Surgery for Solitary Thyroid Nodule Including Differentiated Thyroid Cancer

  • Leslie S. Wu
  • Sanziana Roman


Thyroid nodules are common in the United States, with a prevalence of 4–7% for palpable nodules. However, nonpalpable nodules discovered incidentally on ultrasound or at autopsy suggest an overall prevalence of 19–67%. The incidence of thyroid cancer has increased from 3.6 per 100,000 in 1973 to 8.7 per 100,000 in 2002—a 2.4-fold increase—with 87% of the increase due to the diagnosis of small differentiated thyroid cancers. The association between increasing age and incidence of thyroid nodules makes their diagnosis and treatment an important public health issue.

The majority of thyroid nodules are benign. Colloid nodules, cysts, and thyroiditis account for approximately 80%, and benign follicular and Hürthle cell adenomas account for 10–15% of all thyroid nodules. Overall, only 5% of thyroid nodules are malignant. The challenge for a clinician is to distinguish patients with malignancy, who are treated surgically, from patients with benign disease, who often are followed clinically.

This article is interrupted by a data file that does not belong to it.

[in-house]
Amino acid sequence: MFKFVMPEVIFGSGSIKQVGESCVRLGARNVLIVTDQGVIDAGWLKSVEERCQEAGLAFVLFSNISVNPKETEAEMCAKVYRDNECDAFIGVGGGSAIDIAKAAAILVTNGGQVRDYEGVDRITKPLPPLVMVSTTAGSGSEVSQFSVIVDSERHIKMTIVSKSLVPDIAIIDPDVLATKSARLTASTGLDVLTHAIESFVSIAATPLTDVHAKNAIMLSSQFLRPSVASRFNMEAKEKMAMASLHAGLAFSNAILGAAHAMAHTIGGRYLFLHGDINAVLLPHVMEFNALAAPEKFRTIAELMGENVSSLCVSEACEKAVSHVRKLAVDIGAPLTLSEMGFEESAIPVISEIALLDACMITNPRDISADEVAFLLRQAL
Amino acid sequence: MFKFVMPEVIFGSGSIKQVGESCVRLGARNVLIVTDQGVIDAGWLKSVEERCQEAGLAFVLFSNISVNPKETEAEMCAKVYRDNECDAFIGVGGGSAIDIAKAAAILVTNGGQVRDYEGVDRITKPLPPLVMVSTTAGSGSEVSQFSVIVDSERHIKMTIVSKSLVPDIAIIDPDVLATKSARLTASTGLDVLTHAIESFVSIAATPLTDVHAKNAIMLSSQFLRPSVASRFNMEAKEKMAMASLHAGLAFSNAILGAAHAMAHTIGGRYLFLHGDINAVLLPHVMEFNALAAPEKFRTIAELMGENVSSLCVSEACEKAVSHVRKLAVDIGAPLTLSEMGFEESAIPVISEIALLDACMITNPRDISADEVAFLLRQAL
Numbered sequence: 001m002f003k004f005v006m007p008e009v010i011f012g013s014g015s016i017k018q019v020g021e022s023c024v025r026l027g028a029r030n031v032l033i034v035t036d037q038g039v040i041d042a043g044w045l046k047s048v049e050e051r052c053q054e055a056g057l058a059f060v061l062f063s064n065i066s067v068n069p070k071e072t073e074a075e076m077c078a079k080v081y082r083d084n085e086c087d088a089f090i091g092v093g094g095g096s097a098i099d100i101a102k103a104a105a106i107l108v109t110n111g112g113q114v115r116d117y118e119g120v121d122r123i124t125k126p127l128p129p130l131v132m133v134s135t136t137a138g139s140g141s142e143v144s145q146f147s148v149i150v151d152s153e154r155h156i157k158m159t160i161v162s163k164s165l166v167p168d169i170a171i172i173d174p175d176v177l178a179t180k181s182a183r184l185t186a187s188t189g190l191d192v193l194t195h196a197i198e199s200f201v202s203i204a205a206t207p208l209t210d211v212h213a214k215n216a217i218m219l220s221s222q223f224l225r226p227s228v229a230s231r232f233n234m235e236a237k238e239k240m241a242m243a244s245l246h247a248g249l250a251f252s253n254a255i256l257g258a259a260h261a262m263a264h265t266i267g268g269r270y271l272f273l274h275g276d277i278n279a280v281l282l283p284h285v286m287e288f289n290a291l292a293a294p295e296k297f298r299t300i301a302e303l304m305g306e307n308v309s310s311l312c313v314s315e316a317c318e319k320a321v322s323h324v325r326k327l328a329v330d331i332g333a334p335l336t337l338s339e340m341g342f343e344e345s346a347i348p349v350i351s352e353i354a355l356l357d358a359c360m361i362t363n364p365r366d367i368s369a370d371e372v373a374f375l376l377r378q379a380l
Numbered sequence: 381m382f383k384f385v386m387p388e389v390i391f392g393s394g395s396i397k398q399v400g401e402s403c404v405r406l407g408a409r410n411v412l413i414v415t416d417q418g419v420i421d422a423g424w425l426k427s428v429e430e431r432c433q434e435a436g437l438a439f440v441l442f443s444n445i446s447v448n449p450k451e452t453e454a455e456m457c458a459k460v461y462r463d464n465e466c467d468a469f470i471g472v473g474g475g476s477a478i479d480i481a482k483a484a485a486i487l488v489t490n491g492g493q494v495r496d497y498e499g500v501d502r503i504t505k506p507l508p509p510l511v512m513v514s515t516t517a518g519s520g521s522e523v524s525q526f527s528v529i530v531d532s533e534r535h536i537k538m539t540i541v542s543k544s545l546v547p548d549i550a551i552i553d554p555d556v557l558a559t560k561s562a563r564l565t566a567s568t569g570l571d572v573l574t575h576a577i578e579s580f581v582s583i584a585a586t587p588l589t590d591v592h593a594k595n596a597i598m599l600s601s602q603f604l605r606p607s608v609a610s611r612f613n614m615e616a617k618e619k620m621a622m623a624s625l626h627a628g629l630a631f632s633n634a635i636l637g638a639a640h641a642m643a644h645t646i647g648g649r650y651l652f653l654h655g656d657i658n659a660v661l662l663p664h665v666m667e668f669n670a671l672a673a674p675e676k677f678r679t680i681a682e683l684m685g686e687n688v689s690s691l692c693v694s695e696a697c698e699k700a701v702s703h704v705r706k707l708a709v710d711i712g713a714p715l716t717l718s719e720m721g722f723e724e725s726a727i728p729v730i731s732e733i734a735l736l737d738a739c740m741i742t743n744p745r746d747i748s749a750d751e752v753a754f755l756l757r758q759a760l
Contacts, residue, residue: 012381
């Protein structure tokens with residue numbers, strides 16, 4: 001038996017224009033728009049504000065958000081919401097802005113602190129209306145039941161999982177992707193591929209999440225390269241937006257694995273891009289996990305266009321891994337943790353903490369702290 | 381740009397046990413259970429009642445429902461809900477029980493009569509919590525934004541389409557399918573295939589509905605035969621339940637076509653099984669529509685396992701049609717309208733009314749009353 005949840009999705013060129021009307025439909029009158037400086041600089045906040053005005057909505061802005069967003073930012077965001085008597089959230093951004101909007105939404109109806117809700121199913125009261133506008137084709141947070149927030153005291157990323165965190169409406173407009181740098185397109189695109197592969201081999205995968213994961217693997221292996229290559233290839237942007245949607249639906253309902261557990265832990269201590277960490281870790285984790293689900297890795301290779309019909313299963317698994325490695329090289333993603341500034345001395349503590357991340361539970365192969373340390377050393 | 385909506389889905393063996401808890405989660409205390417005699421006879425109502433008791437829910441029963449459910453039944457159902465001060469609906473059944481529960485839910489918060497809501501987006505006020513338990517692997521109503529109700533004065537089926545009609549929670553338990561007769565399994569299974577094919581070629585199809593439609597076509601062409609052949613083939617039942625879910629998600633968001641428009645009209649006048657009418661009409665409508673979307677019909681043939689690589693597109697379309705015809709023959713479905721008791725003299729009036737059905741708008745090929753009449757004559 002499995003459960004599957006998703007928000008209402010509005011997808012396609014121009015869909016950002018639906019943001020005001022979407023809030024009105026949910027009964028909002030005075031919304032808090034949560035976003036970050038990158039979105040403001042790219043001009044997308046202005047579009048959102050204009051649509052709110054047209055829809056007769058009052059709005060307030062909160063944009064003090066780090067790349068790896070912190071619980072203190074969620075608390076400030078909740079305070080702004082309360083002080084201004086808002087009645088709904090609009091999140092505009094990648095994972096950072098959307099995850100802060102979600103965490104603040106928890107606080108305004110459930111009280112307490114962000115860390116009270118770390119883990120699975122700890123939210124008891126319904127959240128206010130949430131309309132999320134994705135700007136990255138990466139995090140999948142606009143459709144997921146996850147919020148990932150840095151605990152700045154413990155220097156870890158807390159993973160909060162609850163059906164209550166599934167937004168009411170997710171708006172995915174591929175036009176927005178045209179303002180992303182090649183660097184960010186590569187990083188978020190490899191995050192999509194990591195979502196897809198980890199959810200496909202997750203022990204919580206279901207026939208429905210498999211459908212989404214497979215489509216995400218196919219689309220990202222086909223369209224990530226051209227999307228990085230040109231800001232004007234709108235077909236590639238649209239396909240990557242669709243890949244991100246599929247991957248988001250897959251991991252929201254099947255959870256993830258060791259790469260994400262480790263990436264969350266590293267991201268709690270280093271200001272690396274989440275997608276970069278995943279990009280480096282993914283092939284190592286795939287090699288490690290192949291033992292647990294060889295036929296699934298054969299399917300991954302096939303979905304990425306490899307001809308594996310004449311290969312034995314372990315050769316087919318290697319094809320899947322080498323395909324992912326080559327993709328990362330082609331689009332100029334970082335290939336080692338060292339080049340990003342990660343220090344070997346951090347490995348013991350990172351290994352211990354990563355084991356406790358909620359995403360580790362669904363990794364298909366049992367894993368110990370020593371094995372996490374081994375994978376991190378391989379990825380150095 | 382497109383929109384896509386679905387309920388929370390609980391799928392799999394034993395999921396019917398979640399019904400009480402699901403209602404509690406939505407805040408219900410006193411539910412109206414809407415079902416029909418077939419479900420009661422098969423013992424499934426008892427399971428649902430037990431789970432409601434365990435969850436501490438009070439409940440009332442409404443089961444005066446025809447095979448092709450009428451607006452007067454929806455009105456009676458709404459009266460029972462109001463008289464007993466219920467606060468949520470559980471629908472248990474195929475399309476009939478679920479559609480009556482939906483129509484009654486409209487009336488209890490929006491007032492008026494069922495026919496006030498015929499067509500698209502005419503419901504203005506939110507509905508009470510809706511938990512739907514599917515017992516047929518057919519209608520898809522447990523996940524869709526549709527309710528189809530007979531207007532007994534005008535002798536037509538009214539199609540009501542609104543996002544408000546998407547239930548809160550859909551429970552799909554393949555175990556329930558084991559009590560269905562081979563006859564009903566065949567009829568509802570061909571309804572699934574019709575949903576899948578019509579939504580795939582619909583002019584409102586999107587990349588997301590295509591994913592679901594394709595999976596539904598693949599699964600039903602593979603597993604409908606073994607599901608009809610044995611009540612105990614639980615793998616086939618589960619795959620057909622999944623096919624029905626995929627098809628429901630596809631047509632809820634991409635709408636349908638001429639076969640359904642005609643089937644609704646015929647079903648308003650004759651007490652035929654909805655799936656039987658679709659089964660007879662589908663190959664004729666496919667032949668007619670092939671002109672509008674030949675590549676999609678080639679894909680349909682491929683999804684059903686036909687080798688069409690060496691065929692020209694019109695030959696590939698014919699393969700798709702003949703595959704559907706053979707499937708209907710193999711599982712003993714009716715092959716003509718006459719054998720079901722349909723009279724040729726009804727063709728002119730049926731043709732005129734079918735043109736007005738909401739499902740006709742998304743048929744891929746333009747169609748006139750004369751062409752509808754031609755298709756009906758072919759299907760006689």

Thyroid Cancer Papillary Thyroid Carcinoma Thyroid Nodule Total Thyroidectomy Papillary Thyroid Cancer 
These keywords were added by machine and not by the authors. This process is experimental and the keywords may be updated as the learning algorithm improves.


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Copyright information

© Springer-Verlag Berlin Heidelberg 2012

Authors and Affiliations

  1. 1.Department of SurgeryMaine Medical CenterPortlandUSA
  2. 2.Department of SurgeryYale University School of MedicineNew HavenUSA

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